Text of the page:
And, even if it doesn't give it to its proxies, the fact that it will wield a nuclear sword over the heads of the United States, of Israel, and many other countries, is something that should give halt to anyone concerned with the peace of the world. I think this is the biggest and most fundamental challenge facing the United States and the world.

CAVUTO: You know, sir, incoming Vice President Joe Biden had said that it wouldn't at all surprise him if Barack Obama were tested in his first few weeks in office. Do you think that will indeed be the case, and — and that Al Qaeda, maybe with the release of this tape, is signaling that?

NETANYAHU: Well, I have no doubt that the terrorists and their patrons — or the terrorist states and their proxies — will continuously challenge the leadership of the United States.

But, from my two conversations with president-elect Obama, I could see that he understood this threat. He — he said that he was absolutely committed to making sure that Iran would not acquire nuclear weapons. And I think this was very important. He was also equally adamant about resisting terrorism.

He was in Sderot, one of the towns that has been most pelleted by these rockets over the years. And he said, if my two daughters were sleeping in a house that had been rocketed there, he would do everything in his power to prevent it.

Well, Israel is now doing not everything in its power, because we're using only a fraction of our power, but everything that we can legitimately do to — to prevent future rocketing. And I expect that the incoming American administration will — will remain steadfast in its support for this battle against war criminals and terrorists, who — who are — who see both of us as their enemies.

And they're right to see both of us as their enemies, because we represent the forces of civilization, and they represent the forces of darkness.

(END VIDEOTAPE)

CAVUTO: All right, shutting down Gitmo a no-no with Benjamin Netanyahu? Part two of my exclusive interview is coming up.

(COMMERCIAL BREAK)

CAVUTO: All right, well, elsewhere, it won't be easy or smooth or even fast, but, one week from today, it will start, not just the start of Barack Obama's presidency, but likely his first executive order, shutting down the Guantanamo detention center in Cuba.

It is a sore point with Israelis and a touchy one with the man who hopes to lead them, Benjamin Netanyahu.

(BEGIN VIDEOTAPE)

CAVUTO: Are you worried about this Gitmo shutdown talk? The biggest worry in the past expressed by Israel is that detainees there back in — or close to your neck of the woods would wreak havoc. What do you make of that?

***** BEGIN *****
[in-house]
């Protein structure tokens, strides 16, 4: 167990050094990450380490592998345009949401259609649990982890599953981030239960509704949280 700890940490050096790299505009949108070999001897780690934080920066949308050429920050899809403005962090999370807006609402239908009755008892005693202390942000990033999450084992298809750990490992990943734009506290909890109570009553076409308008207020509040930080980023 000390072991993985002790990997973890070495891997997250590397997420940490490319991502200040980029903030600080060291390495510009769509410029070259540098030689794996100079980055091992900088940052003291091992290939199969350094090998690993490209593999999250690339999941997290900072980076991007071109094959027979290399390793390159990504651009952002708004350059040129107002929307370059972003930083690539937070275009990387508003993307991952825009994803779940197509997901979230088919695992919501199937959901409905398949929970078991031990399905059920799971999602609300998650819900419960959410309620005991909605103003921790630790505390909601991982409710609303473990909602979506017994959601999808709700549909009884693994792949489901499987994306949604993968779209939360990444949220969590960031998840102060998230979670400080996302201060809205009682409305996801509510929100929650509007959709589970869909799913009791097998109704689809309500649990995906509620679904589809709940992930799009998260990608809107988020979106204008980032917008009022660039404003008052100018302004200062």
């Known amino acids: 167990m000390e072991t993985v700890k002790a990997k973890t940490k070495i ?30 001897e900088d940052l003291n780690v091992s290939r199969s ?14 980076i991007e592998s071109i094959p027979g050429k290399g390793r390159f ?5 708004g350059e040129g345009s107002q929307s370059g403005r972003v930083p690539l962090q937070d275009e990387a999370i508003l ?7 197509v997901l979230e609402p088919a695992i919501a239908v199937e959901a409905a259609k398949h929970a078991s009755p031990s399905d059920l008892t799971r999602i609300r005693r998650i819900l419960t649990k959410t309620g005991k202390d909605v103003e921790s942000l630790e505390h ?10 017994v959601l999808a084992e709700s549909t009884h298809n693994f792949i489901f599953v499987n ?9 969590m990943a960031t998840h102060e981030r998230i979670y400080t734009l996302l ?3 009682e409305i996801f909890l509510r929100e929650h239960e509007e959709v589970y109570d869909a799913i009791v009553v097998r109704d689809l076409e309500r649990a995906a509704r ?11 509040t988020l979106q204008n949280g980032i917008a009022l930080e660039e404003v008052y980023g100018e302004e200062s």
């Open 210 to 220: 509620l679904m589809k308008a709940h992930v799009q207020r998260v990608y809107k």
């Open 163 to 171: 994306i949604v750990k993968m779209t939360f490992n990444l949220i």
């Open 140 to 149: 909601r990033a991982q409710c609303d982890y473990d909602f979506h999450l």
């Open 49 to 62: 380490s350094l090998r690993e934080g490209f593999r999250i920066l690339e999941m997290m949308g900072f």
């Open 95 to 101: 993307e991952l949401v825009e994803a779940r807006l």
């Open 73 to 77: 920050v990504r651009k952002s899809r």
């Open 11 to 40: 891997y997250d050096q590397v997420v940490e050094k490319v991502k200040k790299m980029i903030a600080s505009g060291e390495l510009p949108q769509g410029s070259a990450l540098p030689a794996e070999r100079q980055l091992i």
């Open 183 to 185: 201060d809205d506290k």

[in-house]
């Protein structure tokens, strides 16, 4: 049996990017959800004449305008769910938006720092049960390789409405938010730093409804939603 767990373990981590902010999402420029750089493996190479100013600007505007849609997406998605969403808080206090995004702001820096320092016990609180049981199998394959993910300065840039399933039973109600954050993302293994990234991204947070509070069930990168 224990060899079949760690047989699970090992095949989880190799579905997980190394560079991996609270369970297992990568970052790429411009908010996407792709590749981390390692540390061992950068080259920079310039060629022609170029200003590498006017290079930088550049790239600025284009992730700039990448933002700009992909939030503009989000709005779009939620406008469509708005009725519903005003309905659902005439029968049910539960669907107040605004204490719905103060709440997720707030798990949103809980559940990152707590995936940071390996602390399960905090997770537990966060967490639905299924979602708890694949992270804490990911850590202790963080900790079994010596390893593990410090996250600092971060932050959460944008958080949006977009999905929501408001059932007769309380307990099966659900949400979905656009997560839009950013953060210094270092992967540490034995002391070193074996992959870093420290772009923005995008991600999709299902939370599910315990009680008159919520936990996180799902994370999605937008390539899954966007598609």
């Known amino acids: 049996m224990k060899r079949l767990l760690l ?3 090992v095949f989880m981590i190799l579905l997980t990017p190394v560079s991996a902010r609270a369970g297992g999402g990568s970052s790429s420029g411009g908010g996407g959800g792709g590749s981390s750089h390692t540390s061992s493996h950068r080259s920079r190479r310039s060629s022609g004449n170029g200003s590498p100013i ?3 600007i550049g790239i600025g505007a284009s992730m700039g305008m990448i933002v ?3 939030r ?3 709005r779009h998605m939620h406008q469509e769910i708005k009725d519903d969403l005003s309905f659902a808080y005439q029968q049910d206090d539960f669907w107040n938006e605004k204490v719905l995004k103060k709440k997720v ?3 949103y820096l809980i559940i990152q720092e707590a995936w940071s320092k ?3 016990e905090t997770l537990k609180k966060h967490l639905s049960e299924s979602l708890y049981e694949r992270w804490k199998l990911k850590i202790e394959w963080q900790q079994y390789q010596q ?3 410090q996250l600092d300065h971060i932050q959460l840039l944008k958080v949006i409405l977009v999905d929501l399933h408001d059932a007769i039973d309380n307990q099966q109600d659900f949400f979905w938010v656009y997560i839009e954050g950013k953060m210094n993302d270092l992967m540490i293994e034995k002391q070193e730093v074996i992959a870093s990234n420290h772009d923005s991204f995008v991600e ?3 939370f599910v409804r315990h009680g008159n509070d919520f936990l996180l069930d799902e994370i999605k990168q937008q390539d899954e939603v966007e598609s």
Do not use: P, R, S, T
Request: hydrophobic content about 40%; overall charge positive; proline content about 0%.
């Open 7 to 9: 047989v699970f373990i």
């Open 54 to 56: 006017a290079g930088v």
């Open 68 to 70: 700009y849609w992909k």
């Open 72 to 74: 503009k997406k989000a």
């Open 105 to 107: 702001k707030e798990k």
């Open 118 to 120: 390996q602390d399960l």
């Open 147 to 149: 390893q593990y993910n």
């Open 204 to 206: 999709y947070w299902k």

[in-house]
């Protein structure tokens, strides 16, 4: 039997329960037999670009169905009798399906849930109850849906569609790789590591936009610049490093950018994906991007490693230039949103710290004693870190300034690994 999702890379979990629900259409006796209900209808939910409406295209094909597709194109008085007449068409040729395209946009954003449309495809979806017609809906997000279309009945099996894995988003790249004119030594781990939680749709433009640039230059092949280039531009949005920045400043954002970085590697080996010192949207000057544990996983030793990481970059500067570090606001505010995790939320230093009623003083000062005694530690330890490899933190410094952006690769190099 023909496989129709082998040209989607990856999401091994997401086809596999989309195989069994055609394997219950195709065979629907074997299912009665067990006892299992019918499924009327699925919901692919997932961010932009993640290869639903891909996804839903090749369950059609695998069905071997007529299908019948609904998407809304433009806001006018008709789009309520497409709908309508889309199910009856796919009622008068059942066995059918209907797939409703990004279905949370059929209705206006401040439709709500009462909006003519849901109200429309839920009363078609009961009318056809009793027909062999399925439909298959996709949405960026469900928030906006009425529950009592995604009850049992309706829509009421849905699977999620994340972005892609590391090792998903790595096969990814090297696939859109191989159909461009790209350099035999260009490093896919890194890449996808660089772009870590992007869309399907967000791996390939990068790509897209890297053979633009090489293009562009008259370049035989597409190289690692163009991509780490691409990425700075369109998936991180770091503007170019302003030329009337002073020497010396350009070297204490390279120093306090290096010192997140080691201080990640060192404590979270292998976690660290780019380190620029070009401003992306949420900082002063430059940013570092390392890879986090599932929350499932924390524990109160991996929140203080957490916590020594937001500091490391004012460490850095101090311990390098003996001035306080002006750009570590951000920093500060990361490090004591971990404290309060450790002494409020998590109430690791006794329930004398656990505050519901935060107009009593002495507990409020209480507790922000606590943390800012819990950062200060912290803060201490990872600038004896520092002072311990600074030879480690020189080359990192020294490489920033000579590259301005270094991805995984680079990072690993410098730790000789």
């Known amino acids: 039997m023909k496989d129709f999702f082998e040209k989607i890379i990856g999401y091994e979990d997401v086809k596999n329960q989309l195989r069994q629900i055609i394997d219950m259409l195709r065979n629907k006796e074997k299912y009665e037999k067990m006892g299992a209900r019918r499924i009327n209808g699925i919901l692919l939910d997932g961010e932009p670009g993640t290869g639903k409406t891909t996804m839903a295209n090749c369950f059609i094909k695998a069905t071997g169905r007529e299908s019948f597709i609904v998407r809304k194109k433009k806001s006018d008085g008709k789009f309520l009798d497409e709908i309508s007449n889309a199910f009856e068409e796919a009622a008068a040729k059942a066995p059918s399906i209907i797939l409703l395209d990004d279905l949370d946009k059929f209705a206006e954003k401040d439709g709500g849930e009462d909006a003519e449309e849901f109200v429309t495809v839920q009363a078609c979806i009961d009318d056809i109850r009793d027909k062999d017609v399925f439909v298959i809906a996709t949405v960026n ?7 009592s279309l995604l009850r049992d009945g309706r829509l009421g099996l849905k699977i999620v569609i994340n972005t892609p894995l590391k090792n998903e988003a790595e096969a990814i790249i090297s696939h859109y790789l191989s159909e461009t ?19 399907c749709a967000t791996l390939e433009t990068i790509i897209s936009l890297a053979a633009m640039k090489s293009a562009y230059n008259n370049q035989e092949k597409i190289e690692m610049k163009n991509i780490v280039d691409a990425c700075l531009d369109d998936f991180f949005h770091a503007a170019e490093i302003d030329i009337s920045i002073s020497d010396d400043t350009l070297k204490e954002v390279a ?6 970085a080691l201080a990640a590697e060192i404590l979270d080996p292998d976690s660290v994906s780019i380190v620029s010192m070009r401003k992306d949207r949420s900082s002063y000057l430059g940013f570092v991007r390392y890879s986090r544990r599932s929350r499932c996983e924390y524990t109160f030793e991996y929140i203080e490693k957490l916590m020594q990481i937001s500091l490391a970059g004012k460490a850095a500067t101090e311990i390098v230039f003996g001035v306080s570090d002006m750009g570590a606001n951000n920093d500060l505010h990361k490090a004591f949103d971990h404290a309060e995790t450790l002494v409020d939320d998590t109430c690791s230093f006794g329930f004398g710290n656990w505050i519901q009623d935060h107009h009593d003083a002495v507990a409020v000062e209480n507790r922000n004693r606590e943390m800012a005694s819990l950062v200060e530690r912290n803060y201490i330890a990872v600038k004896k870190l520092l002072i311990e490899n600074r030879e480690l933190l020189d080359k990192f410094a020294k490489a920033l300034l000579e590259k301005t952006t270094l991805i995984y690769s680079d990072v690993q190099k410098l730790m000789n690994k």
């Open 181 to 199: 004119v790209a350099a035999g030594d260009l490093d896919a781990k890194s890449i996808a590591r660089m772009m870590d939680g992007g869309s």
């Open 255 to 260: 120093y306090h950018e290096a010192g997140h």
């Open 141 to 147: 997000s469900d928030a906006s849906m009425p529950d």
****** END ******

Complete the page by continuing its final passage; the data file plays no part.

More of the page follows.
NETANYAHU: I don't know. I don't know the details of that particular operation and this decision.

But I do think that the — the most important thing is that there be a common front of — of civilization against — against barbarism.

I think that the terrorists are very susceptible to despair. But it's a different kind of despair than is normally — normally is reported on. Terrorism declines when they despair of defeating us. Terrorism declines when the — the patrons of the suicide bombers and the rocket-launchers, who themselves are not suicidal — they — they want to live and — and launch killers another day — when they despair that their tactics will get us somehow to abandon our principles or to abandon our common front, then terrorism abates.

And I think this is the big challenge. But, as I said, the biggest of them all is preventing the weapon of mass death, the ultimate weapon terror — weapon of terror — atomic weapons, from meeting with a militant — meeting up with a militant Islamic regime.

CAVUTO: So, you're not concerned that the incoming administration, in — in pushing a potential shutdown of Gitmo, is showing more sympathy for the plight of detainees there than the folks you're fighting where you are?

NETANYAHU: Oh, I don't think — I don't think there is any necessary connection there.

But I think that there will be sufficient opportunities for the incoming Obama administration to stand up to the terrorists, because they're not going to leave us alone, not just — not just yet.

And I expect that the United States will continue a forceful policy against terrorism and a forceful policy for genuine peace. And that's the policy that if, as I hope and believe, we will be elected, we will pursue in Israel, I hope and believe, with the United States.

CAVUTO: So, if we shut down Gitmo, is it your sense that we're showing a little less resolve in that fighting terror?

NETANYAHU: I think it's another issue. I think it relates to other concepts and other questions. I don't think it will affect what is happening here in the Middle East.

CAVUTO: Even if some of those detainees went back to the Middle East?

NETANYAHU: Well, I don't know who they are. I don't know what the conditions of — of their transfer would be.

But I do know that we face right now an immediate battle against a frontal position of the Iranian terrorist regime. And we believe that the United States will continue to support our efforts, which are really the efforts of all of the free countries against terrorists who break every norm, every rule, who fire on civilians and hide behind civilians.

And I — I see a great deal of sympathy and understanding in the United States for this across the wide spectrum of American opinion.

CAVUTO: Prime Minister Netanyahu, a pleasure. Thank you very much.

NETANYAHU: Thank you very much, Neil. Good to talk to you.

(END VIDEOTAPE)